Robert Altman Retrospective: HealtH (1980)
HealtH (1980) was the film which ended Robert Altman’s relationship with Twentieth Century Fox, the studio for whom he had made M*A*S*H. It came after a decline in box office returns for each of his previous three films for them – A Wedding, Quintet and A Perfect Couple. During the editing of the film Altman’s main supporter, Alan Ladd Jr., left the studio and release was shelved. Altman distributed the film himself to the festival circuit. Fox then gave it some preview screenings in Los Angeles and it was released in Germany and the U.K. It has also had a few television screenings, including one in widescreen on the Fox Movie Channel in 2010. But it has never been released on VHS, DVD or BluRay and thus remains one of the least seen of Altman’s ouvre. This is unfortunate as it is a very entertaining film, even if it falls short of its ambitions as a political satire.
Altman shot HealtH all in one location – the Don CeSar Hotel in St. Petersburg, Florida – with a budget of only $6 million. He realized the poor box office of his previous two films had put him on shaky ground. The film is one of Altman’s string of portraits of organizational insanity, which also includes films like M*A*S*H, A Wedding and Pret-a-Porter.
The action takes place at a conference being held by a health advocacy organization called, appropriately, HealtH. The initials stand for “Happiness, Energy And Longevity Through Health.” The central purpose of the conference is to elect an new President. The two principal candidates are – Esther Brill (Lauren Bacall), a woman who claims to be an 83 year old virgin and who falls asleep with her hand up in the air at the most inopportune of moments, and Isabella Garnell (Glenda Jackson), a self-impressed windbag who gives long speeches stolen from Illinois governor Adlai Stevenson, which she invariably tapes. Representing the President of the United States at the conference is Gloria Burbank (Carol Burnett), a last minute replacement for a superior who died suddenly. Her presence is not welcomed by Esther Brill’s campaign manager, Harry Wolff (James Garner), who just happens to be Burbank’s ex-husband. There is also an independant candidate for the presidency, Dr. Gil Gainey (Paul Dooley, who co-wrote the script for the film with Altman and frequent collaborator Frank Barhydt.) Gainey complains that the other canditates represent only the extreme right and extreme left of the political spectrum, and that what the people really need is someone like himself who represents the “extreme middle”. But it becomes clear that his main interest is in publicising “Vita-Sea”, a powdered kelp health food, even if he has to resort to a cheap stunt like pretending to drown in the hotel pool to get the media’s attention.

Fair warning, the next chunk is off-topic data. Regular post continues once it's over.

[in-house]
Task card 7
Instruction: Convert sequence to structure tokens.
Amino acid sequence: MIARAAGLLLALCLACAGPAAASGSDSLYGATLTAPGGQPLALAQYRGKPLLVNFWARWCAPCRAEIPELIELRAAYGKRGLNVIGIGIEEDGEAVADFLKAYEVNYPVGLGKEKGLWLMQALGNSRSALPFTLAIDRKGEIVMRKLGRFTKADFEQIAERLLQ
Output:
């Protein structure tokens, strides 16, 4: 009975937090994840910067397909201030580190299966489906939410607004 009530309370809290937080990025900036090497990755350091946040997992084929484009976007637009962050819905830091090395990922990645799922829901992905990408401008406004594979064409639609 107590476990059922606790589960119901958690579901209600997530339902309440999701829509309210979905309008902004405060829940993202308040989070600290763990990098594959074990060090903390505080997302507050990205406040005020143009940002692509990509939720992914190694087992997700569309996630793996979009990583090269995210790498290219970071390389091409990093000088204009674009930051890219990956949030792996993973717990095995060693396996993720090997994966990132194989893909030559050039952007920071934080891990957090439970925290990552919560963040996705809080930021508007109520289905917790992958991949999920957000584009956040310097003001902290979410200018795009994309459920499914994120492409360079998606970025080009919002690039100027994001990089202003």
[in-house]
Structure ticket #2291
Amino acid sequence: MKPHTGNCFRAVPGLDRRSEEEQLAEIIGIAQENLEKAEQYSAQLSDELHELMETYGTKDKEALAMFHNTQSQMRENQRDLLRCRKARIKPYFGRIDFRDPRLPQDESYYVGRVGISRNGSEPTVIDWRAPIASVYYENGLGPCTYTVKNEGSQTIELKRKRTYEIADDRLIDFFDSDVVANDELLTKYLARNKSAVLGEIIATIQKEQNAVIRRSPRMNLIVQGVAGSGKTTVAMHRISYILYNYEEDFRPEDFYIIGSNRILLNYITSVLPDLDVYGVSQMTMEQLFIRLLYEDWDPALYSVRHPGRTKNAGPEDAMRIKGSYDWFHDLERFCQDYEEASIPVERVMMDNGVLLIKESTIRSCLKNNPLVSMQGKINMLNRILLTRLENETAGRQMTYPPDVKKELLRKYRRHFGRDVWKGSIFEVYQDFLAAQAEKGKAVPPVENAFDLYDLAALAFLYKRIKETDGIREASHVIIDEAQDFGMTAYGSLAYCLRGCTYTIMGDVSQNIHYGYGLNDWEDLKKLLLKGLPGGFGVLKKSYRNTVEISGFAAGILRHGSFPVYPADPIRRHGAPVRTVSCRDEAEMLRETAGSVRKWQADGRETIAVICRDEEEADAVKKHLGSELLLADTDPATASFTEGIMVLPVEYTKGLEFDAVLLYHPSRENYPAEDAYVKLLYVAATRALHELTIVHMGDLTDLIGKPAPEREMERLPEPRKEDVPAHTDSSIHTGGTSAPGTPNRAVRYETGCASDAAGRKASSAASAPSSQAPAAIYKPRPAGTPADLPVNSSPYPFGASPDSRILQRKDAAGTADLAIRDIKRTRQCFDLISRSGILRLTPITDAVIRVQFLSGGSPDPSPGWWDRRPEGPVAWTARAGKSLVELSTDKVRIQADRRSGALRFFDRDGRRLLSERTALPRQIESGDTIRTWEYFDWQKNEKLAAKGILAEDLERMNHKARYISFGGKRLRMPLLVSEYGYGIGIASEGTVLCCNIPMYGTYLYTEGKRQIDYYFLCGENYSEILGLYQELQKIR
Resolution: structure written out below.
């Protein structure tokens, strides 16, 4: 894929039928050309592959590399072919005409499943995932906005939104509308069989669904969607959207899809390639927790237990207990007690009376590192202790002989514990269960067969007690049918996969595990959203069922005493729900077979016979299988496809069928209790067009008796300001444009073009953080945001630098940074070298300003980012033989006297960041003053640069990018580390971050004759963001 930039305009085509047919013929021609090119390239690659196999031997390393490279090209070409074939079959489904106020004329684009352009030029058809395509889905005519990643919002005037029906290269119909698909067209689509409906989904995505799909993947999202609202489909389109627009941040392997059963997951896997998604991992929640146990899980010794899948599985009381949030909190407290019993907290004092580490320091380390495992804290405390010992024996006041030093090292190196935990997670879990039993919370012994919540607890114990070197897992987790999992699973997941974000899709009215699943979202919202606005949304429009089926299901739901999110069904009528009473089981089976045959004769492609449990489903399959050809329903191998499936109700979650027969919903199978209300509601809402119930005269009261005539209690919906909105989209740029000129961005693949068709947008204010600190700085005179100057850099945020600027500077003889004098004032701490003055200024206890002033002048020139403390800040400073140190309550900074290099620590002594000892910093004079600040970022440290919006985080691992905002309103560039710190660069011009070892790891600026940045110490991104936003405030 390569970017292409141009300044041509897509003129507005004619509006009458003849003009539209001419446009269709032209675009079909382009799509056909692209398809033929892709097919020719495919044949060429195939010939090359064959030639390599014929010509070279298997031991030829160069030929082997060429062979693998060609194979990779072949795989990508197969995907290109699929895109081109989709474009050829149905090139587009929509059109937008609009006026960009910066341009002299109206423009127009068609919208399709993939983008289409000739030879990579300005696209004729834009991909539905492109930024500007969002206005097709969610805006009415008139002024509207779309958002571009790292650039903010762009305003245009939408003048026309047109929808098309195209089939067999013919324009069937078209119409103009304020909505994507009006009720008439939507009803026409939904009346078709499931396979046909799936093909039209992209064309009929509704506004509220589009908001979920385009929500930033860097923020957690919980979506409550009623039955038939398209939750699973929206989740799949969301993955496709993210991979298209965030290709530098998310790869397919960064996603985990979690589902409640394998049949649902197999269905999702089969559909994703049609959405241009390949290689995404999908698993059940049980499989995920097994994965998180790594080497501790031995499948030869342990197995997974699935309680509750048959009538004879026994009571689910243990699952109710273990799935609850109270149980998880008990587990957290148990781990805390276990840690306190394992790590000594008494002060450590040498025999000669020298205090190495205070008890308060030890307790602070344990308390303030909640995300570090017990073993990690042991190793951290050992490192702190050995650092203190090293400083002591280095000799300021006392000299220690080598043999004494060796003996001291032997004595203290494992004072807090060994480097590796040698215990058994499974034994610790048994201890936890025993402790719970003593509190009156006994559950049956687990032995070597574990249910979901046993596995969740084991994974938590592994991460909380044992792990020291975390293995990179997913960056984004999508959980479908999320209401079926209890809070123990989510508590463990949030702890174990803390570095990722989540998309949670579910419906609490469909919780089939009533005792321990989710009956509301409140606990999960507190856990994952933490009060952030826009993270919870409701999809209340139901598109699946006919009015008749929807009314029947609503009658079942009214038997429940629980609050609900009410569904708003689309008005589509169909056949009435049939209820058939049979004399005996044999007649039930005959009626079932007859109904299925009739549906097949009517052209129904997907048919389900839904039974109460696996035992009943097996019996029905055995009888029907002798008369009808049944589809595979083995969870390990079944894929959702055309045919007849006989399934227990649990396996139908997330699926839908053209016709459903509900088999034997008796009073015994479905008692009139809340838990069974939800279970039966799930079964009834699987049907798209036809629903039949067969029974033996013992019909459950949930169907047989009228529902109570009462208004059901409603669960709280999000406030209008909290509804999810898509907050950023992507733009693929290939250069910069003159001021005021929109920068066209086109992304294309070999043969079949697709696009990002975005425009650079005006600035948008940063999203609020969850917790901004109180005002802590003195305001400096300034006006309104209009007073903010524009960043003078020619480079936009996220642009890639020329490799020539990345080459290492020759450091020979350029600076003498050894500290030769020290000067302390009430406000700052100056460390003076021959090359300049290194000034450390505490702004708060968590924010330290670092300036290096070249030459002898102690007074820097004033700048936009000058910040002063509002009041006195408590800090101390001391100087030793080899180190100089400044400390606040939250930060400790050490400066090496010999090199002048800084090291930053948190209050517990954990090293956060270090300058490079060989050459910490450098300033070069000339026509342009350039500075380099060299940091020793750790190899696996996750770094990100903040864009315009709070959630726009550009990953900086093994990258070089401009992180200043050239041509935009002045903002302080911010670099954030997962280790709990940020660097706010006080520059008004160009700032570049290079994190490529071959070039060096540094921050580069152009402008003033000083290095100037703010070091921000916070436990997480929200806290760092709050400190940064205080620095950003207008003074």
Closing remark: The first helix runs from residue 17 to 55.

The main representative of the media in the film is real-life talk show host Dick Cavett, playing himelf. The film begins with him interviewing Burbank and the two main candidates. And the film pokes fun at him by showing him each evening in his room watching The Tonight Show with Johnny Carson, his major real-life rival.
While the film takes a shot at flaky health fads, the real focus of its satire is on the mechanics of the two party political system and its surrounding media circus. The one brilliant idea in the film was to use a health conference as the setting for a depiction of a body politic which is anything but healthy.
Unfortunately, this idea is realized with a general lack of subtlety. There are a lot of eccentric characters in films like M*A*S*H and The Wedding, but we can believe in them as real people. In HealtH, with the exception of James Garner’s Harry Wolff and Sally Benbow (Alfre Woodard) (the hotel’s African American public relations manager), everyone is an absurd caricature of the type you might expect to see in a National Lampoon movie. And, while the film accurately reflects some of the absurdities that regularly occur as part of the political process in the United States, it won’t leave you with any new insight into the nature of that process the way that Altman’s later film Secret Honor might.
The portrait Altman gives of the political process is a typically jaundiced one. Each canditate is insane, a con artist or a hypocritical blowhard. In fact to a greater or lesser extent all three of them would appear to be all of those things. And success goes to the one who does the least to confuse an intellectually challenged electorate.
This film is worth seeking out for three reasons. It is at times very funny, including lots of dumb slapstick involving people dressed up as giant vegetables. And it’s a unique expression of Altman’s vision and sense of fun. But, perhaps, most of all, it has a cast filled with actors who are always a joy to watch. This includes Donald Moffatt as Colonel Cody, a man who claims to be the power behind not just the convention but the Presidency of the United States and who seems to have modelled himself on Buffalo Bill, and the amazing Henry Gibson as cardsharp and political dirty tricks expert Bobby Hammer, who ends up donning drag in order to undermine Burbank’s support of Garnell by convincing her Garnell was once a man.
On June 12, 1982, Ronald Reagan watched the film at Camp David. In his diary he called it “the world’s worst movie.” What better endorsement could there be?